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Atherosclerosis. 2005 Oct;182(2):293-300. Epub 2005 Mar 5.

Alcohol consumption and high-density lipoprotein levels: the effect of ADH1C genotype, gender and menopausal status.

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  • 1Department of Pharmacology, University of Colorado Health Sciences Center, 12800 East 19th Avenue, Aurora, CO 80010, USA. lisa.hines@uchsc.edu

Abstract

We previously demonstrated that a functional polymorphism in alcohol dehydrogenase type 1C (ADH1C, also known as ADH3) modifies the association between moderate alcohol consumption and high-density lipoprotein (HDL) levels and risk of myocardial infarction among older men. In this study, we investigated the effect of the ADH1C gamma(1) and gamma(2) alleles on the relationship between alcohol consumption and HDL levels among four populations with varied exposure to endogenous and exogenous estrogens: premenopausal women, middle-to-older aged men, postmenopausal women currently using postmenopausal hormones (PMH) and postmenopausal women not currently using PMH. We observed an interaction between moderate alcohol consumption and ADH1C genotype on HDL level that was similar among middle-to-older aged men and postmenopausal women not using PMH. Among the moderate drinkers (approximately a half a drink per day for women and a full drink per day for men), there was a significant 5.3mg/dL (P=0.02) higher level of multivariate adjusted HDL level comparing the gamma(2) homozygotes (slow oxidizers) to the gamma(1) homozygotes (fast oxidizers). This interaction was not present among premenopausal women or postmenopausal women using PMH, who had higher overall HDL levels irrespective of alcohol consumption. Our results confirm that ADH1C genotype modifies the association between alcohol consumption and HDL levels among men and postmenopausal women not using PMH who drink moderately. However, this was not observed among individuals with estrogen-elevated HDL levels, specifically premenopausal women and postmenopausal women taking PMH, suggesting that these populations may benefit less from alcohol consumption with respect to coronary heart disease.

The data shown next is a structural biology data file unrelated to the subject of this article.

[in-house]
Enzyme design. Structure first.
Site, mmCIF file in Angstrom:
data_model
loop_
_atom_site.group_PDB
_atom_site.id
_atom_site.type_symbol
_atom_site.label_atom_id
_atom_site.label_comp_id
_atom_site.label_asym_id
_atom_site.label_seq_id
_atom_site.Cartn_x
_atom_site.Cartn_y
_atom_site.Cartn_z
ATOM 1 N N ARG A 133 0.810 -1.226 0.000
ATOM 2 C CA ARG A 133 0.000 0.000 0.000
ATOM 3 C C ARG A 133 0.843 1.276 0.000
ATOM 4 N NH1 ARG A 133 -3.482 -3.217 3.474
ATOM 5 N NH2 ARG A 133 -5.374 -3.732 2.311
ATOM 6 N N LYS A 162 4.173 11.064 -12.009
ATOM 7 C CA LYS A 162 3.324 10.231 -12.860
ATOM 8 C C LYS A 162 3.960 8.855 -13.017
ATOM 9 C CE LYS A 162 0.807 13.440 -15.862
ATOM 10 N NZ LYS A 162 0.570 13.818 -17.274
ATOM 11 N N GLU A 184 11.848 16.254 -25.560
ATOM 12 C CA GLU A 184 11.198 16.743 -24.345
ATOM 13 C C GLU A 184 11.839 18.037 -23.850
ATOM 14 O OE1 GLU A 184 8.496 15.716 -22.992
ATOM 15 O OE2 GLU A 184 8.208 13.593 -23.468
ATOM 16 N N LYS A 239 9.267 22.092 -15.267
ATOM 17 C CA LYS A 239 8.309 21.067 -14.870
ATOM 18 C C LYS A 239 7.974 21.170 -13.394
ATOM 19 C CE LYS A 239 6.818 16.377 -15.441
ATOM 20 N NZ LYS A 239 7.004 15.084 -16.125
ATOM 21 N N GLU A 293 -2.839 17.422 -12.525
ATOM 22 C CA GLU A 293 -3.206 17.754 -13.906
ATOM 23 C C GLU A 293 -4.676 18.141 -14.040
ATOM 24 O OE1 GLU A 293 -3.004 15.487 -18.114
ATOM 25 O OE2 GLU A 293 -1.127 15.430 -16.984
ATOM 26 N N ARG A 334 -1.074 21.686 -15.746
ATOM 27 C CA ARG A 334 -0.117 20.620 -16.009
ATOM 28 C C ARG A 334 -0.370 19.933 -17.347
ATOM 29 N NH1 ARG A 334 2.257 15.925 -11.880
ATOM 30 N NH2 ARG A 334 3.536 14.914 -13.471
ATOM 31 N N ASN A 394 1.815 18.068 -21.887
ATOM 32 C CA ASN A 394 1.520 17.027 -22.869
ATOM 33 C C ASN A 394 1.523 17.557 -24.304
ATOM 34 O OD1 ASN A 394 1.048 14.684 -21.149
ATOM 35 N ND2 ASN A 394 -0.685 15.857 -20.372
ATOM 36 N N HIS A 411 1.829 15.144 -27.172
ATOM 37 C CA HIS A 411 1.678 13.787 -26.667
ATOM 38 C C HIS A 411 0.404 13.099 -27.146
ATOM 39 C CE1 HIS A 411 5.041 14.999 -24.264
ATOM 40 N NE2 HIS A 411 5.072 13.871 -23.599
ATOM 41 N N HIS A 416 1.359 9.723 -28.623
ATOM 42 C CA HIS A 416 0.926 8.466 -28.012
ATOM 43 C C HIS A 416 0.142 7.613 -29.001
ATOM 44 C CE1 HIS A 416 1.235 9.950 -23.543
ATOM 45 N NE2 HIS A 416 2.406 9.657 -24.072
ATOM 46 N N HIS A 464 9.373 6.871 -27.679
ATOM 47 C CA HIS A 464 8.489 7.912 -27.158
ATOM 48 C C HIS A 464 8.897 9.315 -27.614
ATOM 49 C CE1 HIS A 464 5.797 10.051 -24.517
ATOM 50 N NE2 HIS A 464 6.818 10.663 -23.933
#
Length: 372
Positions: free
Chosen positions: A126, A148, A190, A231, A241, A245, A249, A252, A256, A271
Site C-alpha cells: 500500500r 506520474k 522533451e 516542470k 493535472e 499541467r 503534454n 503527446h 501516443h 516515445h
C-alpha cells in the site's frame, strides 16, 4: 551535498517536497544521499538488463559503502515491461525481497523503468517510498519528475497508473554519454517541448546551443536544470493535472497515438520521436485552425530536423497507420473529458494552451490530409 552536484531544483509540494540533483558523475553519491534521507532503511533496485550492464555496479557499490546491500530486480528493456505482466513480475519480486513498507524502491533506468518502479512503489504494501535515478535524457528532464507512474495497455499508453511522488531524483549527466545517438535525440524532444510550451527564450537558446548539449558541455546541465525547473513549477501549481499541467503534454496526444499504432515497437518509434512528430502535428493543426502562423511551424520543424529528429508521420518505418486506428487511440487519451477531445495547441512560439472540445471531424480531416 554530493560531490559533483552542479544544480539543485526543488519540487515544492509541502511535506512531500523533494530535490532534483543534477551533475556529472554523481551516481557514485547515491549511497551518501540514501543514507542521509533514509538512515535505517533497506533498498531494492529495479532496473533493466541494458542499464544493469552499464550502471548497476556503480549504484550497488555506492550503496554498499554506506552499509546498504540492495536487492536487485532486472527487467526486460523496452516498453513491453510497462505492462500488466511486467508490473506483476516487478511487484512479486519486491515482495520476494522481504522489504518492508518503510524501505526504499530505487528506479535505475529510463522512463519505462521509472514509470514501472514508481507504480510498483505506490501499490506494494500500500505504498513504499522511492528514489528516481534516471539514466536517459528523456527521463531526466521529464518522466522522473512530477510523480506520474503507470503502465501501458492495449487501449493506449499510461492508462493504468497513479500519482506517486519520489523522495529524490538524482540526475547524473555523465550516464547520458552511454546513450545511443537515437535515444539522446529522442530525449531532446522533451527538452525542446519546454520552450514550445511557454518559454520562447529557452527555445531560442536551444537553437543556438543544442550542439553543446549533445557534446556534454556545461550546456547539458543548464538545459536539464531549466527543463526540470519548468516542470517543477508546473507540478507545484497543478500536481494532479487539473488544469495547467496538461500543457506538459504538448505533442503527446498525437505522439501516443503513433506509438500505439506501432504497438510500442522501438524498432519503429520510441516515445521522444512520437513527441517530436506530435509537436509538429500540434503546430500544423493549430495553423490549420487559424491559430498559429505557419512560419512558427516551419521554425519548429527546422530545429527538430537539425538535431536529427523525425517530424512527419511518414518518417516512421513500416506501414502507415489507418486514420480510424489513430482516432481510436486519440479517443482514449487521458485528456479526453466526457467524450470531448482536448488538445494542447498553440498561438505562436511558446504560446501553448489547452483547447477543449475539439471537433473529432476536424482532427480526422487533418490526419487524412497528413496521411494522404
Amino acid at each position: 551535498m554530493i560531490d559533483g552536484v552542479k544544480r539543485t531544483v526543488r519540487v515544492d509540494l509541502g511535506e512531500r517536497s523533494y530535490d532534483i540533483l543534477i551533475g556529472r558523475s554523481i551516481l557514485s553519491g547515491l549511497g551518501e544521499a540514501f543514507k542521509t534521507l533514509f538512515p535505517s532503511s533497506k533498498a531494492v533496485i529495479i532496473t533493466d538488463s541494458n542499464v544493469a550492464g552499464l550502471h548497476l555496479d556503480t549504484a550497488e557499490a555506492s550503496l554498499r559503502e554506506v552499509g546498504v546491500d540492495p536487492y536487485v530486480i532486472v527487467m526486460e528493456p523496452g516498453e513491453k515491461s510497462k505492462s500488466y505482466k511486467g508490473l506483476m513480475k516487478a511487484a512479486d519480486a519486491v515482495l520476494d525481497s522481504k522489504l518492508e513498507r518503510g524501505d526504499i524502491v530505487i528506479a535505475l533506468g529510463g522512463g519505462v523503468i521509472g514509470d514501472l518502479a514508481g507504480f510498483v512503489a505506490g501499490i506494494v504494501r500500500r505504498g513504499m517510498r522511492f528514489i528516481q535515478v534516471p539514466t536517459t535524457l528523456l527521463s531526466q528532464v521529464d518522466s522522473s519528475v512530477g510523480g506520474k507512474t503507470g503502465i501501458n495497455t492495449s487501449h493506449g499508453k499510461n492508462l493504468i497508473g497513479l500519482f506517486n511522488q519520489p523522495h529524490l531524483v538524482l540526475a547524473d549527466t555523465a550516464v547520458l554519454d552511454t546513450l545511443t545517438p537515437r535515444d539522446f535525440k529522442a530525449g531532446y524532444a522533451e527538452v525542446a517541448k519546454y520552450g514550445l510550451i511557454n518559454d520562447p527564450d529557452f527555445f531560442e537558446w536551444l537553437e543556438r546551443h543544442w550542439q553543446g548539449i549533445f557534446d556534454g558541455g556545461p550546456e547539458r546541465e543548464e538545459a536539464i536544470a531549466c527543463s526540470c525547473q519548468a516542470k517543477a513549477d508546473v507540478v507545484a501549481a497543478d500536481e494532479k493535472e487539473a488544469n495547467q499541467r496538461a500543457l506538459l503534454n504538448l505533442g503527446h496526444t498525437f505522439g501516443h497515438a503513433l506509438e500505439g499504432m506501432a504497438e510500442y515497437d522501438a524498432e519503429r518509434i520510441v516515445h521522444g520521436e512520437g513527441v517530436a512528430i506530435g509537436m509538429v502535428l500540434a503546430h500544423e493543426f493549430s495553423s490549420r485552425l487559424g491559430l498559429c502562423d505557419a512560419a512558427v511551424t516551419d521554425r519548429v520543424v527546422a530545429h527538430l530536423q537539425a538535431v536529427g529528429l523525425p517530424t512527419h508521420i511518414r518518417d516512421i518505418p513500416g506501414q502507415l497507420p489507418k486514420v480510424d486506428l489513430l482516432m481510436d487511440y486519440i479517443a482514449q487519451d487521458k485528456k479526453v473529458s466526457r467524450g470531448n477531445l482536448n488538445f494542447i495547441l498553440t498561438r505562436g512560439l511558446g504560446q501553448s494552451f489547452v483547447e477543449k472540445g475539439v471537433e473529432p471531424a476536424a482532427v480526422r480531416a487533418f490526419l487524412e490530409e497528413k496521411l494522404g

PMID:
16051248
[PubMed - indexed for MEDLINE]
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